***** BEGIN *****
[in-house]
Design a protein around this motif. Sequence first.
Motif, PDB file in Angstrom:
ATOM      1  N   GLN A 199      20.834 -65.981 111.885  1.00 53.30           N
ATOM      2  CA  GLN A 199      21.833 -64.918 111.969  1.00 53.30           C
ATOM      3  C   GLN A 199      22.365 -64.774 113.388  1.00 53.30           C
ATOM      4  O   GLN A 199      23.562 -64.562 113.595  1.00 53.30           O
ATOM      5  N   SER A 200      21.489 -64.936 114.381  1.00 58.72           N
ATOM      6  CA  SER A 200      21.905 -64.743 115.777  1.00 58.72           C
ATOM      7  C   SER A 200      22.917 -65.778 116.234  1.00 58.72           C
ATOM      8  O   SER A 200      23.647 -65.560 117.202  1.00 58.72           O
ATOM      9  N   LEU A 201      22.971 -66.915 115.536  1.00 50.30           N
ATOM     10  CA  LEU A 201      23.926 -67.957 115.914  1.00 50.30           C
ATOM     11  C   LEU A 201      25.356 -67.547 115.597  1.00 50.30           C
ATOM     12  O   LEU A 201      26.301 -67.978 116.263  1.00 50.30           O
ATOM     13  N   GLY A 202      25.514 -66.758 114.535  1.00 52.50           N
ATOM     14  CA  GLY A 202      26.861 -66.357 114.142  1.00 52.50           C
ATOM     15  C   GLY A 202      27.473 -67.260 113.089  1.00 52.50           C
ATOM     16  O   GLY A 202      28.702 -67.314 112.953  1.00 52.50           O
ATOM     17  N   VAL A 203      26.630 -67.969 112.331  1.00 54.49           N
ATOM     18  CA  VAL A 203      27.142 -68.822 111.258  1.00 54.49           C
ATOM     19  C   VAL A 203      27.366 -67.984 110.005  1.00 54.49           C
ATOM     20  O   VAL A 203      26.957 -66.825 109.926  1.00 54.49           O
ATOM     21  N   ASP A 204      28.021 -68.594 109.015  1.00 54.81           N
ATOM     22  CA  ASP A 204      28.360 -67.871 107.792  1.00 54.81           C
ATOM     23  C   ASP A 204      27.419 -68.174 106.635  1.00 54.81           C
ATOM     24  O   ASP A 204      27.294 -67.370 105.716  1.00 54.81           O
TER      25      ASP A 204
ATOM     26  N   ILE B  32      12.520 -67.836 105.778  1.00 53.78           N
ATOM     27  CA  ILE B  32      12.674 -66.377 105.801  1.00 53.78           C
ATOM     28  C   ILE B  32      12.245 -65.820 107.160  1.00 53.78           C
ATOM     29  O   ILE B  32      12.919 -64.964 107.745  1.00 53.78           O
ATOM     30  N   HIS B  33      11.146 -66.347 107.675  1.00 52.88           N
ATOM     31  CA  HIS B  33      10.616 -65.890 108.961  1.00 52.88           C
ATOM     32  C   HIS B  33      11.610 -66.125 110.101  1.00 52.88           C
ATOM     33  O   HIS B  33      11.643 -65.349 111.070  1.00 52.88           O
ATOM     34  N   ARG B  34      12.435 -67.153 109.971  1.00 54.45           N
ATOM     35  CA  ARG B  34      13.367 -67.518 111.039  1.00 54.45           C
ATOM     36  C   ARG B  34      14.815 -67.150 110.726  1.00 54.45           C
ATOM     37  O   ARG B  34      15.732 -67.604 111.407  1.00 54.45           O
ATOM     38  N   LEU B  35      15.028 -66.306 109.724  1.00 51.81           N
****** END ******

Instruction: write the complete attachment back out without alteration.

[in-house]
Design a protein around this motif. Sequence first.
Motif, PDB file in Angstrom:
ATOM      1  N   GLN A 199      20.834 -65.981 111.885  1.00 53.30           N
ATOM      2  CA  GLN A 199      21.833 -64.918 111.969  1.00 53.30           C
ATOM      3  C   GLN A 199      22.365 -64.774 113.388  1.00 53.30           C
ATOM      4  O   GLN A 199      23.562 -64.562 113.595  1.00 53.30           O
ATOM      5  N   SER A 200      21.489 -64.936 114.381  1.00 58.72           N
ATOM      6  CA  SER A 200      21.905 -64.743 115.777  1.00 58.72           C
ATOM      7  C   SER A 200      22.917 -65.778 116.234  1.00 58.72           C
ATOM      8  O   SER A 200      23.647 -65.560 117.202  1.00 58.72           O
ATOM      9  N   LEU A 201      22.971 -66.915 115.536  1.00 50.30           N
ATOM     10  CA  LEU A 201      23.926 -67.957 115.914  1.00 50.30           C
ATOM     11  C   LEU A 201      25.356 -67.547 115.597  1.00 50.30           C
ATOM     12  O   LEU A 201      26.301 -67.978 116.263  1.00 50.30           O
ATOM     13  N   GLY A 202      25.514 -66.758 114.535  1.00 52.50           N
ATOM     14  CA  GLY A 202      26.861 -66.357 114.142  1.00 52.50           C
ATOM     15  C   GLY A 202      27.473 -67.260 113.089  1.00 52.50           C
ATOM     16  O   GLY A 202      28.702 -67.314 112.953  1.00 52.50           O
ATOM     17  N   VAL A 203      26.630 -67.969 112.331  1.00 54.49           N
ATOM     18  CA  VAL A 203      27.142 -68.822 111.258  1.00 54.49           C
ATOM     19  C   VAL A 203      27.366 -67.984 110.005  1.00 54.49           C
ATOM     20  O   VAL A 203      26.957 -66.825 109.926  1.00 54.49           O
ATOM     21  N   ASP A 204      28.021 -68.594 109.015  1.00 54.81           N
ATOM     22  CA  ASP A 204      28.360 -67.871 107.792  1.00 54.81           C
ATOM     23  C   ASP A 204      27.419 -68.174 106.635  1.00 54.81           C
ATOM     24  O   ASP A 204      27.294 -67.370 105.716  1.00 54.81           O
TER      25      ASP A 204
ATOM     26  N   ILE B  32      12.520 -67.836 105.778  1.00 53.78           N
ATOM     27  CA  ILE B  32      12.674 -66.377 105.801  1.00 53.78           C
ATOM     28  C   ILE B  32      12.245 -65.820 107.160  1.00 53.78           C
ATOM     29  O   ILE B  32      12.919 -64.964 107.745  1.00 53.78           O
ATOM     30  N   HIS B  33      11.146 -66.347 107.675  1.00 52.88           N
ATOM     31  CA  HIS B  33      10.616 -65.890 108.961  1.00 52.88           C
ATOM     32  C   HIS B  33      11.610 -66.125 110.101  1.00 52.88           C
ATOM     33  O   HIS B  33      11.643 -65.349 111.070  1.00 52.88           O
ATOM     34  N   ARG B  34      12.435 -67.153 109.971  1.00 54.45           N
ATOM     35  CA  ARG B  34      13.367 -67.518 111.039  1.00 54.45           C
ATOM     36  C   ARG B  34      14.815 -67.150 110.726  1.00 54.45           C
ATOM     37  O   ARG B  34      15.732 -67.604 111.407  1.00 54.45           O
ATOM     38  N   LEU B  35      15.028 -66.306 109.724  1.00 51.81           N